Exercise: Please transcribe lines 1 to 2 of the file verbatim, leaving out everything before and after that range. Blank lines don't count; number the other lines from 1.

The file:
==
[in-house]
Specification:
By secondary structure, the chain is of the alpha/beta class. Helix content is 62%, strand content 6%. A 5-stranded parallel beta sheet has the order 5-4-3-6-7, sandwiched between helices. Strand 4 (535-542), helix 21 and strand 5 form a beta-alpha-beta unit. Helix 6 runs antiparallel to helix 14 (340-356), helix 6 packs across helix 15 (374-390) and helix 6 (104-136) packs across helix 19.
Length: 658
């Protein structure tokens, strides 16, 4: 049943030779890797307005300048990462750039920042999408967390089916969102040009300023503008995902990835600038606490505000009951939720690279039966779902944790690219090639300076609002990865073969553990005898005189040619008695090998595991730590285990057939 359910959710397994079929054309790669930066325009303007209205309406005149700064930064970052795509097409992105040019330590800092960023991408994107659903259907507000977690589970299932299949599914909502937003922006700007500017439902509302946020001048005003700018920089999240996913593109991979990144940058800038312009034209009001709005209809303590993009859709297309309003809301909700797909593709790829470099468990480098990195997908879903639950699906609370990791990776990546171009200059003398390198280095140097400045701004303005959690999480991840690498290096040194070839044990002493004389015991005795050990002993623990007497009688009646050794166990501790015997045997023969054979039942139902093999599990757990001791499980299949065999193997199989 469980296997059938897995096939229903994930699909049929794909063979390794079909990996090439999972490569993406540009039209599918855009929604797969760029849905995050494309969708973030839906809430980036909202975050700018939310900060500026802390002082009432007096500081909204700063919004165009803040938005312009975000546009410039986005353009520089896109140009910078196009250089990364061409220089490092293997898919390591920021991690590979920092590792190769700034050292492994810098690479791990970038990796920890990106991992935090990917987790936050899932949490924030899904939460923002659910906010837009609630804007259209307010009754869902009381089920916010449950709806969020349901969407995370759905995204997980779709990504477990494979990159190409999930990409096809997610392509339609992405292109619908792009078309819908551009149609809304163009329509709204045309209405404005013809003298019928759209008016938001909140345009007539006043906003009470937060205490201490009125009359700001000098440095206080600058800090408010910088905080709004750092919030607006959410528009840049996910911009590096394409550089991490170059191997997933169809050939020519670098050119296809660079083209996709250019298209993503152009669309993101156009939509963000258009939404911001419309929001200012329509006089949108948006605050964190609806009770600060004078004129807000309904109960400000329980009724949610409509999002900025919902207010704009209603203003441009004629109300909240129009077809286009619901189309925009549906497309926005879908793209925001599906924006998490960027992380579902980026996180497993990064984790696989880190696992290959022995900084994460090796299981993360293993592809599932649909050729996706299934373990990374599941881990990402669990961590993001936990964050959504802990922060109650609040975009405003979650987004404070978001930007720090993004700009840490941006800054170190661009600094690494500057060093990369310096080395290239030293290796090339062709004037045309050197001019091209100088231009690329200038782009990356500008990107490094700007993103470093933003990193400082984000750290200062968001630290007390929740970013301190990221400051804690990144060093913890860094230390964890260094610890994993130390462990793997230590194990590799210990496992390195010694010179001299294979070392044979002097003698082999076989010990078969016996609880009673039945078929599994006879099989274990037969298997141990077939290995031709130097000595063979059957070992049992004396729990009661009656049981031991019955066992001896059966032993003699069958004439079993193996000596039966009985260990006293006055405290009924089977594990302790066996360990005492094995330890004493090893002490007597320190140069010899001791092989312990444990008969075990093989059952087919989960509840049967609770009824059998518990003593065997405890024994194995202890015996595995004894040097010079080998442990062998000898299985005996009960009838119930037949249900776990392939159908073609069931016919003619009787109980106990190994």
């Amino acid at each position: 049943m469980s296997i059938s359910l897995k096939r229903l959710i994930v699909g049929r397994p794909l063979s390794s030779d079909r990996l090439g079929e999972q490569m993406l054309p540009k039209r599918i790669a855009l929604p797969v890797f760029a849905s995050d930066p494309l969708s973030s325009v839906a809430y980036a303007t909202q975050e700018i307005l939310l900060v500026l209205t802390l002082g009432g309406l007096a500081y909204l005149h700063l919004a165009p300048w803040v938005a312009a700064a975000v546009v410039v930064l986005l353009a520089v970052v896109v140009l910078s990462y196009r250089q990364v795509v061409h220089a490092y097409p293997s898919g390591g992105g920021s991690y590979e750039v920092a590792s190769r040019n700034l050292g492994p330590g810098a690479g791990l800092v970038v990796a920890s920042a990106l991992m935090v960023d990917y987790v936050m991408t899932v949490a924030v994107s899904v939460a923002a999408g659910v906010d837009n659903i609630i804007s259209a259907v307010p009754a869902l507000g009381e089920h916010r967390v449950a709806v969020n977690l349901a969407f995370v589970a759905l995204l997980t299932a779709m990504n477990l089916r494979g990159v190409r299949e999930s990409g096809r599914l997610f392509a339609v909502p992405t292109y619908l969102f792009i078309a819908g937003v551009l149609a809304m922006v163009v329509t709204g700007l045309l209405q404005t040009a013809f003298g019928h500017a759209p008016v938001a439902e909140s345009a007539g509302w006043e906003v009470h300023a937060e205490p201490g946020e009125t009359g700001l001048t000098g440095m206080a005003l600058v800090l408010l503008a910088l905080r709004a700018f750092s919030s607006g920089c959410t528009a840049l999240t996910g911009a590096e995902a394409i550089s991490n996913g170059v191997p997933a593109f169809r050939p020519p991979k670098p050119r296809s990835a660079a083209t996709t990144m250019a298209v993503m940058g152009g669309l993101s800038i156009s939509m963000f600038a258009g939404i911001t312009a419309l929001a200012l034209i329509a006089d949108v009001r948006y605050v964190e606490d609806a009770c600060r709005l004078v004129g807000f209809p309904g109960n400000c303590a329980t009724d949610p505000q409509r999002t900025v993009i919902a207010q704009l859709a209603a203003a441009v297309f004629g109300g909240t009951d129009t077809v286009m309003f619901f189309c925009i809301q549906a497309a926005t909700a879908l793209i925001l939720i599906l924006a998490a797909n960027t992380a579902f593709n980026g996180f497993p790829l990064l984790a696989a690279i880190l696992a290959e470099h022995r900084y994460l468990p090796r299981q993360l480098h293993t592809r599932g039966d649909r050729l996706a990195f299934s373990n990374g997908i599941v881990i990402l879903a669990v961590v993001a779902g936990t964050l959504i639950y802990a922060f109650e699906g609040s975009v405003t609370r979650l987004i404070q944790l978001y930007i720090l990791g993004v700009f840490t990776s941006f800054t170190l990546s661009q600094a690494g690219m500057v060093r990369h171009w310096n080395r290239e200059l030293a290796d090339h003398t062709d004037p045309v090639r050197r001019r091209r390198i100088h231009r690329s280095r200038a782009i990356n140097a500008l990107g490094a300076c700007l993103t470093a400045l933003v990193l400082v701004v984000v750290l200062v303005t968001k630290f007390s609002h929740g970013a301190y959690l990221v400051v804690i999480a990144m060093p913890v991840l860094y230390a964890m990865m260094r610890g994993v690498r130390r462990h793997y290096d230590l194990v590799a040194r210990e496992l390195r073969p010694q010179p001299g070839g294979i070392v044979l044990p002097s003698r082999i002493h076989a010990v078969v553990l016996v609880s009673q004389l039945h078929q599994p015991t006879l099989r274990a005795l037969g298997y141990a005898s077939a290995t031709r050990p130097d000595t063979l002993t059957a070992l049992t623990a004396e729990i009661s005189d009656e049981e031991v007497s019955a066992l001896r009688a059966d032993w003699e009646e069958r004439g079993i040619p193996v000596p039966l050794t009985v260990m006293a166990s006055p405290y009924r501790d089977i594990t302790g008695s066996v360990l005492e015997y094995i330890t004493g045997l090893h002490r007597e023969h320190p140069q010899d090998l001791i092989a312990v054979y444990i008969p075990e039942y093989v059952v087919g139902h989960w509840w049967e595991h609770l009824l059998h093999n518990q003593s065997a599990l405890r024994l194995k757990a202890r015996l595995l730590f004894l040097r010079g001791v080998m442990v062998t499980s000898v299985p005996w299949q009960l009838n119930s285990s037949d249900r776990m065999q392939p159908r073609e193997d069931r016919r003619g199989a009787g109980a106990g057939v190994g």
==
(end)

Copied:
[in-house]
Specification: